with is one for and zero otherwise. Finally, we add an isotropic Gaussian prior to . All the details of the general model and the posterior formulation are given in Jasche & Wandelt (2013b). The linear bias model should be generally adequate to model the largest scale density fluctuations. In that regime, through Taylor expansion, all bias models are equivalent. However this is not the case at the smallest scales considered here ( Mpc ) though we think that we should not be strongly biased by this assumption. Effectively, we expect the signal-to-noise to ratio of the measurement of density modes to peak at intermediate scales ( Mpc ) and decreasing sharply both at small (for Poisson sampling reasons) and large (for selection reasons) scales. Thus the measured bias should actually represent the one at this typical scale. We finally note that the final confirmation that the bias model is not causing problems is the a posteriori confirmation that the recovered power spectrum is in agreement on large scales.

To summarize the posterior from which we want to draw samples is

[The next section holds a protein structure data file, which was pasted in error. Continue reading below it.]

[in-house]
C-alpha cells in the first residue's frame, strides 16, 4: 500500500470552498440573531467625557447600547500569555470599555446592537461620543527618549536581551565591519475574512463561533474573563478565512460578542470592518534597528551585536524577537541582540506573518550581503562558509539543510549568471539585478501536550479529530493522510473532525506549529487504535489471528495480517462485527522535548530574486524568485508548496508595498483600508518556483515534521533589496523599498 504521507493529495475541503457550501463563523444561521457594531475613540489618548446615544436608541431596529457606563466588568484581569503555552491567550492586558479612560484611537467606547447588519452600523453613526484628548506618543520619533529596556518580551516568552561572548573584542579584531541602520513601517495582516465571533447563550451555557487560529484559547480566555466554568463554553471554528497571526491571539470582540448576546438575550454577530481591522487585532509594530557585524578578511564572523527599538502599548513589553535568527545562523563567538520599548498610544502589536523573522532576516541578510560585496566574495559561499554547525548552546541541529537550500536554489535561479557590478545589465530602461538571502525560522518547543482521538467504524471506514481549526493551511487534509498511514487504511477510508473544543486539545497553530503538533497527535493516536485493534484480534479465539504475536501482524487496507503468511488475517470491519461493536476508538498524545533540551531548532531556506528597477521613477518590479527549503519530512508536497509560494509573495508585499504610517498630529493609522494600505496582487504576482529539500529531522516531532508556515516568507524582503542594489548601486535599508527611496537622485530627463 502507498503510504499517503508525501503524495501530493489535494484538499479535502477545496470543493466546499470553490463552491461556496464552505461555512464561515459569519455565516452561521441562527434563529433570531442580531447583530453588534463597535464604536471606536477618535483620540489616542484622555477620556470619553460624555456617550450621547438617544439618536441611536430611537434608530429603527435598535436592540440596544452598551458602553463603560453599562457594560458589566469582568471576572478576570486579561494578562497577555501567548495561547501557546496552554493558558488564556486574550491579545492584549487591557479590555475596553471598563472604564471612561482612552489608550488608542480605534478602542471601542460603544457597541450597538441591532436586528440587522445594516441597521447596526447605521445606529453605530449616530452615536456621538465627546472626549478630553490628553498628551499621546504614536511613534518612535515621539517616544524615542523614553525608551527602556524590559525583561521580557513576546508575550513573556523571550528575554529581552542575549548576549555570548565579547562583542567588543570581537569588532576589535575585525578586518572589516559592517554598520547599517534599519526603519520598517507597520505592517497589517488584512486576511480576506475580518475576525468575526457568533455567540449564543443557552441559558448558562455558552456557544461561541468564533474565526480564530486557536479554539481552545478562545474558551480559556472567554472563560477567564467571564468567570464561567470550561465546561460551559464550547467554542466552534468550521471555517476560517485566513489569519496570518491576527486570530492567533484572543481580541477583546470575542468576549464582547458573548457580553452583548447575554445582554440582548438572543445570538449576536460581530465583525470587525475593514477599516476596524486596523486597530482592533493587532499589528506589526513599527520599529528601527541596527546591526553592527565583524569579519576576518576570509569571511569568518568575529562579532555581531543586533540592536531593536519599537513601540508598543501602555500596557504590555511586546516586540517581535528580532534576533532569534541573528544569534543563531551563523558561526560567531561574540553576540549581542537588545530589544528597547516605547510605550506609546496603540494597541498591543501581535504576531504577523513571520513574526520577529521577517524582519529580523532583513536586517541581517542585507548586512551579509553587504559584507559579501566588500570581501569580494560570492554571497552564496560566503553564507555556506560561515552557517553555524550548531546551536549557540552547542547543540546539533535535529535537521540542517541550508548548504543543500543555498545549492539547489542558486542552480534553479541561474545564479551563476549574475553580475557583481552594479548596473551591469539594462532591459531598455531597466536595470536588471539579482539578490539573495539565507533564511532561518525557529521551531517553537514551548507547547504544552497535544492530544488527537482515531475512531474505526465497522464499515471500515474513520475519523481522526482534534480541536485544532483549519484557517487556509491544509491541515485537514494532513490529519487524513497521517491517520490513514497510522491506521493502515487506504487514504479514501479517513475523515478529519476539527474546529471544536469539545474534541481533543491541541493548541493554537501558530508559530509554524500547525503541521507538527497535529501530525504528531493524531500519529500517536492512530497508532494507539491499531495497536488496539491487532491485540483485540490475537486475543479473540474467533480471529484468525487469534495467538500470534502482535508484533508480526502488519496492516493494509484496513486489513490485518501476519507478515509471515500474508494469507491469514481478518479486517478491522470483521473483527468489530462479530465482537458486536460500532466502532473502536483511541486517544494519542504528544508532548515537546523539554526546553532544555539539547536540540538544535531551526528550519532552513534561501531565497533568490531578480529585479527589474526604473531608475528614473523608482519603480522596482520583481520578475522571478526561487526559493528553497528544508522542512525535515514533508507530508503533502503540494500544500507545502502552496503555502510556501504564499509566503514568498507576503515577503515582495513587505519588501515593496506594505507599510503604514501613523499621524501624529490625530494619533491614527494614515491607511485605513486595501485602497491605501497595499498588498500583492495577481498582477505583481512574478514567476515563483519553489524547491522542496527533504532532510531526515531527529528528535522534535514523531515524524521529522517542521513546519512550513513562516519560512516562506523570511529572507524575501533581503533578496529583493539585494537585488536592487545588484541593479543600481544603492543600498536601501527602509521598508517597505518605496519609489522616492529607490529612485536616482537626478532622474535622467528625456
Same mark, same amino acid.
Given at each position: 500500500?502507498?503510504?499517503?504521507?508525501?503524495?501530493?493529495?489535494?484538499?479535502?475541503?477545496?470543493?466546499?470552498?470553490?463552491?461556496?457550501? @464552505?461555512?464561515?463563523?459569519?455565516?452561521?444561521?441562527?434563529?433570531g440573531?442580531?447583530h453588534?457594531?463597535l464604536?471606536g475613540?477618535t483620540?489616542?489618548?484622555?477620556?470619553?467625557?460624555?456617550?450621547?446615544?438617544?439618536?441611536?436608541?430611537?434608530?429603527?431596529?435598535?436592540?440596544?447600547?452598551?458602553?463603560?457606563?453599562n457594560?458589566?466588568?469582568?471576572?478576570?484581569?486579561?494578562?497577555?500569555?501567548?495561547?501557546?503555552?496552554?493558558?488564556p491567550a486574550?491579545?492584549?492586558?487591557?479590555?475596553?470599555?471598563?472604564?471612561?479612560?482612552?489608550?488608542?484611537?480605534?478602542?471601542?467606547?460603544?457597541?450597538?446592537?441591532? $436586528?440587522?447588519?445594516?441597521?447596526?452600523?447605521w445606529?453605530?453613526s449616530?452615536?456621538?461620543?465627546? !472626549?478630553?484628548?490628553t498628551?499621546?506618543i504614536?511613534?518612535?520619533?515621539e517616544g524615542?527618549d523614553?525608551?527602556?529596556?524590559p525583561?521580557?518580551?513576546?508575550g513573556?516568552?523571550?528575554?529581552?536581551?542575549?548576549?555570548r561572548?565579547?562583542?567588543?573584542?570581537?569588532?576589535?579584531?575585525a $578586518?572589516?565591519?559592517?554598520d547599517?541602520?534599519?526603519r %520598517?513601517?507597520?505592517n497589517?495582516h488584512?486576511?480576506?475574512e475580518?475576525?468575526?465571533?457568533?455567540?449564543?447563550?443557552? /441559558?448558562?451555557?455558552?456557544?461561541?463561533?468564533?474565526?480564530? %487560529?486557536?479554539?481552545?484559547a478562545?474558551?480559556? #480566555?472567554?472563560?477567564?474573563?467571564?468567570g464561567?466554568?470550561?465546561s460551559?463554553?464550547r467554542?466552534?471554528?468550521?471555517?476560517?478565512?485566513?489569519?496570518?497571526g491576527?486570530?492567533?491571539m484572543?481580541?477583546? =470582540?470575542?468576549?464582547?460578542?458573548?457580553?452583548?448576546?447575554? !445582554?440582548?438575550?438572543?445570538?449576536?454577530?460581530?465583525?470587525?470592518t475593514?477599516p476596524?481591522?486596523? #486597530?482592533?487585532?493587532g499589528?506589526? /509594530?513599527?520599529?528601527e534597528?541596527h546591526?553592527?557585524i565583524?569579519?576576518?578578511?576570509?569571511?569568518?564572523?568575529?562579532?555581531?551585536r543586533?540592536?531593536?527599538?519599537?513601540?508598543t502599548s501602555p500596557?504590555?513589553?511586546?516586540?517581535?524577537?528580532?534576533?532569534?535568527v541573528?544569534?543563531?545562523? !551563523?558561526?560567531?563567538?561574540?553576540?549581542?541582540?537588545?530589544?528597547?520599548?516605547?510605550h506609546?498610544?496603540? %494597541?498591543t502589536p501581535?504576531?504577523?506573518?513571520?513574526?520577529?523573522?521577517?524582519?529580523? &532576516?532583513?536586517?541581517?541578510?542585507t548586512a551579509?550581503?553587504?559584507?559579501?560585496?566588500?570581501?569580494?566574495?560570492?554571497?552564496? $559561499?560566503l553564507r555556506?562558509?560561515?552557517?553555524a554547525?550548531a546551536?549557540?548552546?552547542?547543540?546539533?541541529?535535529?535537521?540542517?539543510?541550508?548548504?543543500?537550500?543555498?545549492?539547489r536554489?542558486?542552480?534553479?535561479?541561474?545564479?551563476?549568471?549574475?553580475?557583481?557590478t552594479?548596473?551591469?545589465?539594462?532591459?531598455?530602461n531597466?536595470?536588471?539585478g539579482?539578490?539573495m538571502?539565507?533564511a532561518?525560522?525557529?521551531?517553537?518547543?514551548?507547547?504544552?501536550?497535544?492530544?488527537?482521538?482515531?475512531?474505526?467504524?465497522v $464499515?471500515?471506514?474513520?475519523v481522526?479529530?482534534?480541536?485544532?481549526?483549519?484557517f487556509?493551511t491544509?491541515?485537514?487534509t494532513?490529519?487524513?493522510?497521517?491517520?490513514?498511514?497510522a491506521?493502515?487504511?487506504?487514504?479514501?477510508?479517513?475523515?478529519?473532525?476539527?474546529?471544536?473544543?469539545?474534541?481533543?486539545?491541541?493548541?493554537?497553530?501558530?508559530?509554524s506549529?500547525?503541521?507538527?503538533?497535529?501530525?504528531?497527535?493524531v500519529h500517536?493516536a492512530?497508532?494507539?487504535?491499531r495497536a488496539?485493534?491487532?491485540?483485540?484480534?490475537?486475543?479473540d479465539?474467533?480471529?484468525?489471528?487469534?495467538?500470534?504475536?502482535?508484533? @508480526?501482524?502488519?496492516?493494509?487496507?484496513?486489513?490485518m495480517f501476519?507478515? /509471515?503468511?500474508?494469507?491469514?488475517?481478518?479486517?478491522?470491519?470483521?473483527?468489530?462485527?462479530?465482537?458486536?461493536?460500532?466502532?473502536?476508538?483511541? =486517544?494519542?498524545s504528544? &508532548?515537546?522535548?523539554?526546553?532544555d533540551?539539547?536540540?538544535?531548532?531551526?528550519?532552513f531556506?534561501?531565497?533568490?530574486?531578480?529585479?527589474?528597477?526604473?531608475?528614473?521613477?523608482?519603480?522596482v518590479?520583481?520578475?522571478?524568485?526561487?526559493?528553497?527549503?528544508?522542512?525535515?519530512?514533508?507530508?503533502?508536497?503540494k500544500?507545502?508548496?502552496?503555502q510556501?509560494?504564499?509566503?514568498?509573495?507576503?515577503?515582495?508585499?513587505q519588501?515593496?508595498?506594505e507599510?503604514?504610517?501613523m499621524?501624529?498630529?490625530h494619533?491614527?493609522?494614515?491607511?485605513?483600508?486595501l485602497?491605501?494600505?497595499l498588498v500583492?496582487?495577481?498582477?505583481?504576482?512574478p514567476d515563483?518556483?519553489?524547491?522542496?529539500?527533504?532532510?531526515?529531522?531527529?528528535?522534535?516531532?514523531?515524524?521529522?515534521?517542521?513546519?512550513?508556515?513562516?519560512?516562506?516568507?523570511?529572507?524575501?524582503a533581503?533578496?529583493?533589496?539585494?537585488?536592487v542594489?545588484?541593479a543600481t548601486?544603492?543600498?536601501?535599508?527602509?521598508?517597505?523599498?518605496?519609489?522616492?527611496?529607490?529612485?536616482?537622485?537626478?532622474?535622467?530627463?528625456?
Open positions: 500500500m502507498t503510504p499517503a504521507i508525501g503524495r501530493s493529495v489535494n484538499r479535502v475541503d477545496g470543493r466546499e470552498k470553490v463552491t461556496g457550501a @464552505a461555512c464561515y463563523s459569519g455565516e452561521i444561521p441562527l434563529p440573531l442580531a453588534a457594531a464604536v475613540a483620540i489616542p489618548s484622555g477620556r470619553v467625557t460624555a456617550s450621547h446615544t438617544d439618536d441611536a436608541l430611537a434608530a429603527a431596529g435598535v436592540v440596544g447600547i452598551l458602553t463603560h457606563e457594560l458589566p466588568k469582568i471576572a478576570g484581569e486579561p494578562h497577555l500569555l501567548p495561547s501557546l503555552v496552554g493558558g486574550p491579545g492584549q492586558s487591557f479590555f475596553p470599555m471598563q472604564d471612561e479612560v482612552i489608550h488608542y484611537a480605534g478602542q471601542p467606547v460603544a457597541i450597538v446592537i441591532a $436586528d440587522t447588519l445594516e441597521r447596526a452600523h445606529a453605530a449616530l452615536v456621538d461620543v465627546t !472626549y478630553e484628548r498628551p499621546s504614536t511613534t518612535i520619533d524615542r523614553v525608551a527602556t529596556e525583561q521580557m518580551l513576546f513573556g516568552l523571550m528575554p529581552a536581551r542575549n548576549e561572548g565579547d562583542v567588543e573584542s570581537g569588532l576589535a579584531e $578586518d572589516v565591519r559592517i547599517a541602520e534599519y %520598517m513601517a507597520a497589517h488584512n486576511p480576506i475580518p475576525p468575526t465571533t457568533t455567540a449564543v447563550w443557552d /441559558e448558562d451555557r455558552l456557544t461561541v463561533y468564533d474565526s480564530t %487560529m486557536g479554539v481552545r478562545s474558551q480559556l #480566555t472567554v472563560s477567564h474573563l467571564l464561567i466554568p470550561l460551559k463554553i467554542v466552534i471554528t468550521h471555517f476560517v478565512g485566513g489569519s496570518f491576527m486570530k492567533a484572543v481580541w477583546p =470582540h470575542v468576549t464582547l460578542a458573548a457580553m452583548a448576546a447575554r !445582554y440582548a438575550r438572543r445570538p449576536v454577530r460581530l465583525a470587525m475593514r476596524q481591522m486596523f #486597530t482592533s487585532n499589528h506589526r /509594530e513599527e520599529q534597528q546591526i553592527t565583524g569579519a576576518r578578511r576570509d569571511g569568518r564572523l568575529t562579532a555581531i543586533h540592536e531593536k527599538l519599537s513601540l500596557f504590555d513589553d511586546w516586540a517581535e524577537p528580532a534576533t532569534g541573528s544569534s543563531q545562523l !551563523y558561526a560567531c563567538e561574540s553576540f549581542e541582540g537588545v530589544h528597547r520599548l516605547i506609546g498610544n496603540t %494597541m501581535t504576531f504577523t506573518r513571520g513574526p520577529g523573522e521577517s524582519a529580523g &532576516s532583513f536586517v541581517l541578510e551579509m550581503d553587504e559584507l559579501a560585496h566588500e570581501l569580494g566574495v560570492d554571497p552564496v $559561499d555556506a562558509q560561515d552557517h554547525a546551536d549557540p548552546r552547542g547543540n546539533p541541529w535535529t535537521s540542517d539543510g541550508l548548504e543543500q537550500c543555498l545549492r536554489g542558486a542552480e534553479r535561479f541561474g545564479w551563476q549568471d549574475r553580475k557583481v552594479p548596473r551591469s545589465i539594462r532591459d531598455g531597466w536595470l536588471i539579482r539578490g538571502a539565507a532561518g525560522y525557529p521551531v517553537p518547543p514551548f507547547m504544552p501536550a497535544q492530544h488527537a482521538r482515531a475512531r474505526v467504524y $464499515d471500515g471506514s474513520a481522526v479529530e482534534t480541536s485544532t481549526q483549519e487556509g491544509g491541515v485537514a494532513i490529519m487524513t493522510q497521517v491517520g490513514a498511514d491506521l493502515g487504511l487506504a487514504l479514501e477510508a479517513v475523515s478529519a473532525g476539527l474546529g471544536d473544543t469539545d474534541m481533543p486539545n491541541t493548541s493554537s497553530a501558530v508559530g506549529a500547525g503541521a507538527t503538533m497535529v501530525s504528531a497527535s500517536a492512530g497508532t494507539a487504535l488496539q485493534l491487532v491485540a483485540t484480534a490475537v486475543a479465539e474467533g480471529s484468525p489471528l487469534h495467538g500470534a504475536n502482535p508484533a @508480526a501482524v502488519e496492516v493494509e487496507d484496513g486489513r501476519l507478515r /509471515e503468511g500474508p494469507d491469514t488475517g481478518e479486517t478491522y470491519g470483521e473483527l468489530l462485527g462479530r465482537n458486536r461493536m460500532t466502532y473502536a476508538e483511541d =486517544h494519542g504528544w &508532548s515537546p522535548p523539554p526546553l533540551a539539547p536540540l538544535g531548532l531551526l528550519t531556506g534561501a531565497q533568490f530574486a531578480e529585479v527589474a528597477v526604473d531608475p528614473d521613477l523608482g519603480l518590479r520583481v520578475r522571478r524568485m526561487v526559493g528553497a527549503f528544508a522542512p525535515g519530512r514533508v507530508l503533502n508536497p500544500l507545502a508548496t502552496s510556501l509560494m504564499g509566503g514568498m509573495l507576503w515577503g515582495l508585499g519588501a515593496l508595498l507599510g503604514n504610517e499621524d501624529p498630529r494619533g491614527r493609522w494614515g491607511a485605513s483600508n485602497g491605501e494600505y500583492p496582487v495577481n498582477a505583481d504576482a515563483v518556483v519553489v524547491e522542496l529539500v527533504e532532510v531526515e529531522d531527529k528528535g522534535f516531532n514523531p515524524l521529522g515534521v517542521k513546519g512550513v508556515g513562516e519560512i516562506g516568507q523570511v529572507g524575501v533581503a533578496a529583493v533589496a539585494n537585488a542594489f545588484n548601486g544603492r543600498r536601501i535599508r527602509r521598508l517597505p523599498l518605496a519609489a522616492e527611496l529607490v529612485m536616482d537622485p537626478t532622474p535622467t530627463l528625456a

with the number of free voxels with non vanishing selection , and the discrete powerspectrum of the density field. Such a posterior probability is too complex to analyse directly. In order to provide full Bayesian uncertainty quantification the algorithm explores the joint posterior distribution of all these quantities via an efficient implementation of high dimensional Markov Chain Monte Carlo methods in a block sampling scheme. In particular the sampling consists in generating from a Wiener posterior random realizations of three dimensional density fields constrained by data . Following each generation, we produce conditioned random realizations of the power-spectrum , galaxy biases and noise levels through several sampling steps. Iteration of these sampling steps correctly yields random realizations from the joint posterior distribution. In this fashion the ARES algorithm accounts for all joint and correlated uncertainties between all inferred quantities and allows for accurate inferences from galaxy surveys with non-trivial survey geometries. Classes of galaxies with different biases are treated as separate sub samples, allowing even for combined analyses of more than one galaxy survey.